Qualifying LD Children for Public Services

This blog entry explores the history and current state of how we identify and qualify children with learning disabilities for publicly-funded educational assistance to meet their unique needs.

Identifying Children with Learning Disabilities

In the 1970s, when the concept of learning disability (LD) was first introduced, professionals, school districts and parents wanted to know what defined a learning disability in order to have some means of defining who could get public assistance. Since 1975, identification of children with learning disabilities was based on the notion of “a severe discrepancy between ability and achievement”.

An increasing body of research evidence suggested better ways to identify and teach these students. Spurred by this evidence, in 2004 the federal government included new identification criteria for specific learning disabilities and required state departments of education (who accept federal funding) to adopt criteria to ensure uniformity in identification practices across school districts within states. (citation)

What’s the big IDEA?

The Individuals with Disabilities Education Act (IDEA) is a United States federal law that governs how states and public agencies provide early intervention, special education, and related services to children with disabilities. Formerly called the Education for all Handicapped Children Act of 1975, IDEA requires public schools to make available to all eligible children with disabilities a free appropriate public education that prepares them for further education, employment and independent living. The IDEA is “spending clause” legislation, meaning that it only applies to those States and their local educational agencies that accept federal funding under the IDEA.

Read more information about IDEA on the National Resource Center for People with ADHD.

Identify eligibility: The Old Way

Until 2004, schools used the Discrepancy Model for qualifying students for service, based on a test score that reflected the difference between an intelligence score and an achievement score in particular subjects. This “criteria” for qualifying students is known as Discrepancy Criteria, and each State established (or still establishes today) its own formula for determining when a ‘discrepancy’ can be considered ‘severe’.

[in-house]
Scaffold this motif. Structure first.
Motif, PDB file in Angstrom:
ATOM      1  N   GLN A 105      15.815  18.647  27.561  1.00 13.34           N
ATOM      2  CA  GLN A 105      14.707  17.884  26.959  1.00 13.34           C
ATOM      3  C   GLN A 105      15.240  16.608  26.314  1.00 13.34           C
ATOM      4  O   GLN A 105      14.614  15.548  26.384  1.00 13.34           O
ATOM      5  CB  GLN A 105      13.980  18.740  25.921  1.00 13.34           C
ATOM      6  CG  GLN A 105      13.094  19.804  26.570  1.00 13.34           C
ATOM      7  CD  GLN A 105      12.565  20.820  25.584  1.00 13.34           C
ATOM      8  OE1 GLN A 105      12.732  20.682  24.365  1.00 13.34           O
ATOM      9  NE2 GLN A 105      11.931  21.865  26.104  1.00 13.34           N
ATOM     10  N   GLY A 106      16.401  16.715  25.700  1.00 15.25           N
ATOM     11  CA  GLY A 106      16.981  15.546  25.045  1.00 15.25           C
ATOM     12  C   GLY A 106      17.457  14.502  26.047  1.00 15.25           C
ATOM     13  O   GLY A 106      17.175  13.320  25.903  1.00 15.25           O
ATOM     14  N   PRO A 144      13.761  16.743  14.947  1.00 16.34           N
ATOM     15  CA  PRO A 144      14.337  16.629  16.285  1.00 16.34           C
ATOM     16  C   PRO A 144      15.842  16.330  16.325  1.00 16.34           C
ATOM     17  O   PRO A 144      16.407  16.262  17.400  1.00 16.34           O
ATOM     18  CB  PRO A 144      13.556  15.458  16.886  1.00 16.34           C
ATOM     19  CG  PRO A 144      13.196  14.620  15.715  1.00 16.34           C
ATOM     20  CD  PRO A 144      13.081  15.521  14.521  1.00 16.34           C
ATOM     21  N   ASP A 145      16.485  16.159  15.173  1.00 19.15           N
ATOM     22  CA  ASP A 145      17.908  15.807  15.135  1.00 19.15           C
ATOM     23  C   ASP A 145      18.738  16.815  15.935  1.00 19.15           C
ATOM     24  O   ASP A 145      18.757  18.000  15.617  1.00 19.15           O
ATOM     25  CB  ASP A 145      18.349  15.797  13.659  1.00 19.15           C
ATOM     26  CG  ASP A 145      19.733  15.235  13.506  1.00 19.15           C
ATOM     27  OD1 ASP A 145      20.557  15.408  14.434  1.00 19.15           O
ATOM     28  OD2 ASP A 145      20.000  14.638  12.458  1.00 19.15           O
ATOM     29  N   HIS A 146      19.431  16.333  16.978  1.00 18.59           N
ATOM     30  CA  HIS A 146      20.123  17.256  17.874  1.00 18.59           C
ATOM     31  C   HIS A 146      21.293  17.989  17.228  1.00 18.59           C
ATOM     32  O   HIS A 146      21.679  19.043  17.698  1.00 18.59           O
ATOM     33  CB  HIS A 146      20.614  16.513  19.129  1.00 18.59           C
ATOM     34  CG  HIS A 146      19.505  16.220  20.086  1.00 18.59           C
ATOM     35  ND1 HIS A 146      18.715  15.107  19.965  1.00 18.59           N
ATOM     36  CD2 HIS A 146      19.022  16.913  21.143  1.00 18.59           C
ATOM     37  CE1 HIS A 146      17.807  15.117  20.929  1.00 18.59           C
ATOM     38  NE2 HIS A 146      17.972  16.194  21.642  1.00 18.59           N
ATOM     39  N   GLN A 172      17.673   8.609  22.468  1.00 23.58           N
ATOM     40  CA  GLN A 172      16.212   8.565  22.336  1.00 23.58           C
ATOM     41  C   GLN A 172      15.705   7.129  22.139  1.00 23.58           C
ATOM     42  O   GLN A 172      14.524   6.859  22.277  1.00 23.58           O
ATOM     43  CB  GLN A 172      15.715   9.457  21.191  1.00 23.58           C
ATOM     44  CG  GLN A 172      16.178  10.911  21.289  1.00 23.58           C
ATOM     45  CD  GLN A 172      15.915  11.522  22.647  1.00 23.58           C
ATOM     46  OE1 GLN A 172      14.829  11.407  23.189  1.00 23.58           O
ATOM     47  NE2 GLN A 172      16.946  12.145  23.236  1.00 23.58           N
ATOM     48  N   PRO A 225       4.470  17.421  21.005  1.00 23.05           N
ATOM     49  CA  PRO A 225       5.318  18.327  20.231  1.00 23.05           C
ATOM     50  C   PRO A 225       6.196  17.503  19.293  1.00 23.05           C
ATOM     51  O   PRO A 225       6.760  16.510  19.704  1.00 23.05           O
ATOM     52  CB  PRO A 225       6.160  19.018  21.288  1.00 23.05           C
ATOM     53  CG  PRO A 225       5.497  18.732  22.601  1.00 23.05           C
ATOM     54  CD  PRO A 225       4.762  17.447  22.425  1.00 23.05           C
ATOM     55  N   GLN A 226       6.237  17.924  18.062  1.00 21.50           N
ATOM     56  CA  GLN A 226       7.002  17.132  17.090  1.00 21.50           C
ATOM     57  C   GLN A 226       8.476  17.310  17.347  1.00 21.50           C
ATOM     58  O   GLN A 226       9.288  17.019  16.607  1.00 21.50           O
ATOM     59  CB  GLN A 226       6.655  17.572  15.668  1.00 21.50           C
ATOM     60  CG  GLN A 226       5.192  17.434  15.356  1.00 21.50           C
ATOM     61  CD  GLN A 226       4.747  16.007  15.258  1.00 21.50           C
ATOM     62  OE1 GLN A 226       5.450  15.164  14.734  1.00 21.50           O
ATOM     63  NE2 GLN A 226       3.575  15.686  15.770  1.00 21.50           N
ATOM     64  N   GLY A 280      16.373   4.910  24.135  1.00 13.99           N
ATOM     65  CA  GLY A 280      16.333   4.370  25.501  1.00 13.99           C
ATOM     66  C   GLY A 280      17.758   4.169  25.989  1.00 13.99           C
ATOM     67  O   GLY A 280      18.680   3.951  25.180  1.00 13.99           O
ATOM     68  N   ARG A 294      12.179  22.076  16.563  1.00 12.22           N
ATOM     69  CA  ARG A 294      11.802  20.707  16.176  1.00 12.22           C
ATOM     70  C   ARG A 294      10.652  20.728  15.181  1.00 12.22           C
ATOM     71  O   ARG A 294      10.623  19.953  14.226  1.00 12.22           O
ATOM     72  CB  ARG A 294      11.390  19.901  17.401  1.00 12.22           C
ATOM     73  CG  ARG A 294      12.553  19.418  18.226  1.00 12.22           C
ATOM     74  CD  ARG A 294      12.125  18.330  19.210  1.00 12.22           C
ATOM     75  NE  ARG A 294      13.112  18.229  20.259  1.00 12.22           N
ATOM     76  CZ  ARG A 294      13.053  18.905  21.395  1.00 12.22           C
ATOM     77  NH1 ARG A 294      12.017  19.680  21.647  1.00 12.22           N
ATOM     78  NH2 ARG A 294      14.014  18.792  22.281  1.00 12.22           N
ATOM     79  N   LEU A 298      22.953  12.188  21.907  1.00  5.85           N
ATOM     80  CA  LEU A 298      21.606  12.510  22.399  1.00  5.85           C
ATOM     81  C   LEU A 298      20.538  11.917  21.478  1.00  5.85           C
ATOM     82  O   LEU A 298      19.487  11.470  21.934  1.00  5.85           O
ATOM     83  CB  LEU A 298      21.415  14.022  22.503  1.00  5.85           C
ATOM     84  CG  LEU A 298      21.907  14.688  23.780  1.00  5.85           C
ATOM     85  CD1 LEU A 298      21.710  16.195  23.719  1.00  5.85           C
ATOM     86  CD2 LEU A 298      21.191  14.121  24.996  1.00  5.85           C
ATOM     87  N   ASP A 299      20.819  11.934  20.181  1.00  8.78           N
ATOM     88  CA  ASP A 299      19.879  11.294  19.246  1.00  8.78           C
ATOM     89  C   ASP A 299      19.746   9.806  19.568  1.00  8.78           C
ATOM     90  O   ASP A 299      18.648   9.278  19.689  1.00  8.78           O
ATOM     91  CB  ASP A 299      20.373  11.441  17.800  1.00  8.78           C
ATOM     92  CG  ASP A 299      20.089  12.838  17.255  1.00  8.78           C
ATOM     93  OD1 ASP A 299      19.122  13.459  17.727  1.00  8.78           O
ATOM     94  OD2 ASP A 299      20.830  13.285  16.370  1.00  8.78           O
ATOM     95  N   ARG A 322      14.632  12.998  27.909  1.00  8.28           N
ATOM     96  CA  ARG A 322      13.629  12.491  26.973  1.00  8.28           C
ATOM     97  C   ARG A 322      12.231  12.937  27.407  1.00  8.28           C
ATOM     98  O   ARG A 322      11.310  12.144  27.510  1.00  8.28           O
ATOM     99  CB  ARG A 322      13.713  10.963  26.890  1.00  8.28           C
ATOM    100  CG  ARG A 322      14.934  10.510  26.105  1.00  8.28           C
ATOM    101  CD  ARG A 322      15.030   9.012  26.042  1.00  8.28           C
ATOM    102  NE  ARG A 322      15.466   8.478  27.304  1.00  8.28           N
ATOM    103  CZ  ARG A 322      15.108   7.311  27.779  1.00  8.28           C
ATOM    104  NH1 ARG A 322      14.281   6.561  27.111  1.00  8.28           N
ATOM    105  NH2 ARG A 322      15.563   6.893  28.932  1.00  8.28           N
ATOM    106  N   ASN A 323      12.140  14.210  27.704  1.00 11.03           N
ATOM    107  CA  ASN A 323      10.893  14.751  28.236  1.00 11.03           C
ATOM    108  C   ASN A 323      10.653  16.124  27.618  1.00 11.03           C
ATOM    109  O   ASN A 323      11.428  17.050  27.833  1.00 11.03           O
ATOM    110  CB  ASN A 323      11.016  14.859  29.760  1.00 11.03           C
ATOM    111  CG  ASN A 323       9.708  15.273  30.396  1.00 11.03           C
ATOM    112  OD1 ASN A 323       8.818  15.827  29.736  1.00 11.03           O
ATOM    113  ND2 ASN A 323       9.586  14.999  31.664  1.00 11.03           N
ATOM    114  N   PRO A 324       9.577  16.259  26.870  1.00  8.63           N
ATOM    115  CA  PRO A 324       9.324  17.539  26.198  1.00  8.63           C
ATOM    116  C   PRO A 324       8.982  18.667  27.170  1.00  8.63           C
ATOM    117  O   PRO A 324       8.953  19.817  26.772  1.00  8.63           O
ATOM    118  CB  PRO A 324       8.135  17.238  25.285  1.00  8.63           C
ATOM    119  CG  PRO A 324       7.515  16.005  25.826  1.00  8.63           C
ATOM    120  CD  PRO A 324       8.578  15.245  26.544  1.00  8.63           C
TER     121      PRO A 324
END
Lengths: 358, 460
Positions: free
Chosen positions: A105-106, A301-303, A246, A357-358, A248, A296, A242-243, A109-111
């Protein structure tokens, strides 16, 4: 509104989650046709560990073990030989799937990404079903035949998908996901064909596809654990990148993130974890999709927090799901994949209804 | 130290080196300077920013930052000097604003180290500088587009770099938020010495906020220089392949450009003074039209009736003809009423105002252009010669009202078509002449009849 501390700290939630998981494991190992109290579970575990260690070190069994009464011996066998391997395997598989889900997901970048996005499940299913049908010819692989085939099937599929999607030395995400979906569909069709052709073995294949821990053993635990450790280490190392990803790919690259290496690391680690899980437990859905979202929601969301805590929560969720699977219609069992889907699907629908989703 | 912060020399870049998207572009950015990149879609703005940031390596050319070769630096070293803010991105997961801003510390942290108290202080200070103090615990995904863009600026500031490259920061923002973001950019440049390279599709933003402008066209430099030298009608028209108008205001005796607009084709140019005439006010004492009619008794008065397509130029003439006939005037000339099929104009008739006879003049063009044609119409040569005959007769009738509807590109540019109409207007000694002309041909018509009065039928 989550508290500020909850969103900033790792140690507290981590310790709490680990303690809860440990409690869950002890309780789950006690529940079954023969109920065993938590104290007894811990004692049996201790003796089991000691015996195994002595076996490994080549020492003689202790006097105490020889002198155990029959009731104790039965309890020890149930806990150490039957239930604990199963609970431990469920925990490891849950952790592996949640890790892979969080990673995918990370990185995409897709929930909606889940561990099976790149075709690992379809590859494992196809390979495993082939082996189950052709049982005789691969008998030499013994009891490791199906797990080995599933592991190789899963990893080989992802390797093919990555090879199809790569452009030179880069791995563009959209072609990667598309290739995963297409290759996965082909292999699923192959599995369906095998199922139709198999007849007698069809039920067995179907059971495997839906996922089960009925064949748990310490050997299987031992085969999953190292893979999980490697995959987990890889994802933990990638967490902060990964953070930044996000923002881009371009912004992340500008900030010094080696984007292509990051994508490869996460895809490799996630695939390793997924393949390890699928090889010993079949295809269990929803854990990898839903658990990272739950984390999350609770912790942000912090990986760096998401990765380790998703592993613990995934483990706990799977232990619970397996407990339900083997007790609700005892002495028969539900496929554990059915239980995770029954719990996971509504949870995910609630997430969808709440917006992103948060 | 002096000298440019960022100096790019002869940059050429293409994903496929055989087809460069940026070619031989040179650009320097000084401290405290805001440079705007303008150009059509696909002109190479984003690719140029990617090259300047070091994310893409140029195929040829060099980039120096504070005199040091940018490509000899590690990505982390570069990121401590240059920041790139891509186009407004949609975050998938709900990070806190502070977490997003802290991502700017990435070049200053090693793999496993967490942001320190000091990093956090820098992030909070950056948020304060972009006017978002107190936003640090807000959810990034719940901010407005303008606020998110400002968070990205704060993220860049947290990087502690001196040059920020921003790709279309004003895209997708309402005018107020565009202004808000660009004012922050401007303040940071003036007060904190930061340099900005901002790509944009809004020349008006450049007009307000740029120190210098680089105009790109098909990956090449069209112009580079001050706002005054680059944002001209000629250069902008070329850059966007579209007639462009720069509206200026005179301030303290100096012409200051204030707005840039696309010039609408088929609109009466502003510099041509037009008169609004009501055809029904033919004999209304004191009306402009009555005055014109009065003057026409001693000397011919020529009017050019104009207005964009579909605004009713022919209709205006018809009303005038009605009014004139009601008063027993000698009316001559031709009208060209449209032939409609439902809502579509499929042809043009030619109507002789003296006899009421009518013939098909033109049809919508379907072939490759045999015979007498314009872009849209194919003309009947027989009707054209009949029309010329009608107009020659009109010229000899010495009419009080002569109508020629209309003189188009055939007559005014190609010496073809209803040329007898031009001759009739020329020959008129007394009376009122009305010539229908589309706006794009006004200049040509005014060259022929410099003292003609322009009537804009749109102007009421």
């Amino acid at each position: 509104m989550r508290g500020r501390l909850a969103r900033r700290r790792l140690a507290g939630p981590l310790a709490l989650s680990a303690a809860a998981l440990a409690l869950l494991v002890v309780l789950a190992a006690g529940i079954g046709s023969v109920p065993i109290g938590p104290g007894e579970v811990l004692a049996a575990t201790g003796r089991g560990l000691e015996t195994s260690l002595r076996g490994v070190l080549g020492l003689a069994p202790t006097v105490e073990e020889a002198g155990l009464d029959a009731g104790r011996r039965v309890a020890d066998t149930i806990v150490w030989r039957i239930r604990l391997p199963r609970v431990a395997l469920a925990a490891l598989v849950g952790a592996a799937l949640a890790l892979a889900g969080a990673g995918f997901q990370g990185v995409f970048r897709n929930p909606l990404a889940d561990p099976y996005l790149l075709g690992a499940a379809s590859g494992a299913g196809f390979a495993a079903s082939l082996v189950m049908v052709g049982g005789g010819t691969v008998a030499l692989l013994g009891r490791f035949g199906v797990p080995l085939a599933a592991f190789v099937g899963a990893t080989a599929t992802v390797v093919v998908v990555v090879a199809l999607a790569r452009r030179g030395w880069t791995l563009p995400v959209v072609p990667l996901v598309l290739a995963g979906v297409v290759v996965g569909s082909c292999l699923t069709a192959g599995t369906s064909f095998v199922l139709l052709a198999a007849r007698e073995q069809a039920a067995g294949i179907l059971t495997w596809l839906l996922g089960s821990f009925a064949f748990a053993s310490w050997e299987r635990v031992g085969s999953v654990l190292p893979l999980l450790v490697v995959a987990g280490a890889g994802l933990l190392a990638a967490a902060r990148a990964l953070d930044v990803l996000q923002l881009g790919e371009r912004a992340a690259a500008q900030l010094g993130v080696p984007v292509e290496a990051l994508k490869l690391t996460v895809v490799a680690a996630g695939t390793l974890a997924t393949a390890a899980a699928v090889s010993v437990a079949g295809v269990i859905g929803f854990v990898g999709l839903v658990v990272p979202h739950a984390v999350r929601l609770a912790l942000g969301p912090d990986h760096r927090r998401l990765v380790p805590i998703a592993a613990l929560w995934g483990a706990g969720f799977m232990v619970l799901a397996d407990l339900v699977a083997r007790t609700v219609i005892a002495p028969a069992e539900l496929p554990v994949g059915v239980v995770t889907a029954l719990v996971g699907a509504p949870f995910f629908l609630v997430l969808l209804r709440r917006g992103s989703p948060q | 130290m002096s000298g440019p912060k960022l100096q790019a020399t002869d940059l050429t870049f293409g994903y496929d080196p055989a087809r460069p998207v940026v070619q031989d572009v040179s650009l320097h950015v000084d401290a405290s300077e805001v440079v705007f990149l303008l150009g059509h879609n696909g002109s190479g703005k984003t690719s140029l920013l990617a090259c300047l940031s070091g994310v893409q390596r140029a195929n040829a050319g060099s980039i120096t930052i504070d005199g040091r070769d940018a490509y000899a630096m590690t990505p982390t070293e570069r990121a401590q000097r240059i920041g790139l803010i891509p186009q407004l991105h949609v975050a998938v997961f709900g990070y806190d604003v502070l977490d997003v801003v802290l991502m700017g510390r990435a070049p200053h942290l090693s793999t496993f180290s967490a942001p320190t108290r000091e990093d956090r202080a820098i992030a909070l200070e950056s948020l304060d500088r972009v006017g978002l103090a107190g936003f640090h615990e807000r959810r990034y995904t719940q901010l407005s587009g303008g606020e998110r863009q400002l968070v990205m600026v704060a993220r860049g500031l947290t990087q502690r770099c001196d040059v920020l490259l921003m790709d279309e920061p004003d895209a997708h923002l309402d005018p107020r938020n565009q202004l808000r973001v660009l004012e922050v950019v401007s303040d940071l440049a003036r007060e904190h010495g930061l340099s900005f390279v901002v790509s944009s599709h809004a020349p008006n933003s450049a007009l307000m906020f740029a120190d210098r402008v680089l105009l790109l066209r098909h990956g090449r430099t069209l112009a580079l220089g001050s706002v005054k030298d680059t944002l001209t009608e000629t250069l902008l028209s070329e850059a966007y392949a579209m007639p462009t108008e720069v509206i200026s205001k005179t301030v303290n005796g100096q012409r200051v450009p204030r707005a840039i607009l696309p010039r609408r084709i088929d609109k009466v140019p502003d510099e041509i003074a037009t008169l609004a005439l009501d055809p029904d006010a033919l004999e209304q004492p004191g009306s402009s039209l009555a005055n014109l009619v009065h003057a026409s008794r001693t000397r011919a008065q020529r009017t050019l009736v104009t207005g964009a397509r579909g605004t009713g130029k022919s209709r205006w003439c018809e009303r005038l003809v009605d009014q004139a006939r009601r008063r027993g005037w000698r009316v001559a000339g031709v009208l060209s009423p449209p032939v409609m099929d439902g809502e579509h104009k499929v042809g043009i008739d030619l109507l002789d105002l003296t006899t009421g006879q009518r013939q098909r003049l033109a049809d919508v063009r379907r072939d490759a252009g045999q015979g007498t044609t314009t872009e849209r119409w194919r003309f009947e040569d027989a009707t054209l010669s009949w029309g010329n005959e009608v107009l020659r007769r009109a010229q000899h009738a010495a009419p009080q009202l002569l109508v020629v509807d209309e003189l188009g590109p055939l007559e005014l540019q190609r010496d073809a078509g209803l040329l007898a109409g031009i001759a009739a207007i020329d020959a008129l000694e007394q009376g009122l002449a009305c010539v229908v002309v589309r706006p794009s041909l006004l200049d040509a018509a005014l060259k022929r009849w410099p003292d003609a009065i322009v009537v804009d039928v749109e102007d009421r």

When I first heard about the Discrepancy Criteria in graduate school. I looked around for the research that allowed the creation of this concept. There was none. I was flabbergasted. When I asked psychologists who did the testing about it, I was met with a firestorm of contempt and indignation. Today, 35 years later, I asked a friend of mine who is the head of special education for a major local school district about it, he told me:

“There is no scientific research supporting the concept of discrepancy criteria as the measure for qualifying for services or for defining learning disabilities.”

Can qualification criteria change state to state?

The Discrepancy Criteria number changes from state to state because accountants decide arbitrarily on the number that should be used. This makes the practice even more bogus and outrageous. It also means that you might qualify for services and be defined as having a learning disability in Montana but not in New Jersey with exactly the same test scores.

Identify eligibility: The New Way

Today, dramatic changes are taking place in qualifying children for publicly-funded services. As a direct result of congressional action, discrepancy criteria are no longer necessary and a more flexible method has been devised: Response to Intervention (RTI).

RTI is a new approach to the identification of a learning disability which is intended to alleviate the problems associated with the discrepancy model. With RTI, there is no need to formally evaluate cognitive abilities or academic achievement. All that is required is documentation that the student has been unable to respond to appropriate interventions which have been provided within the classroom. (citation)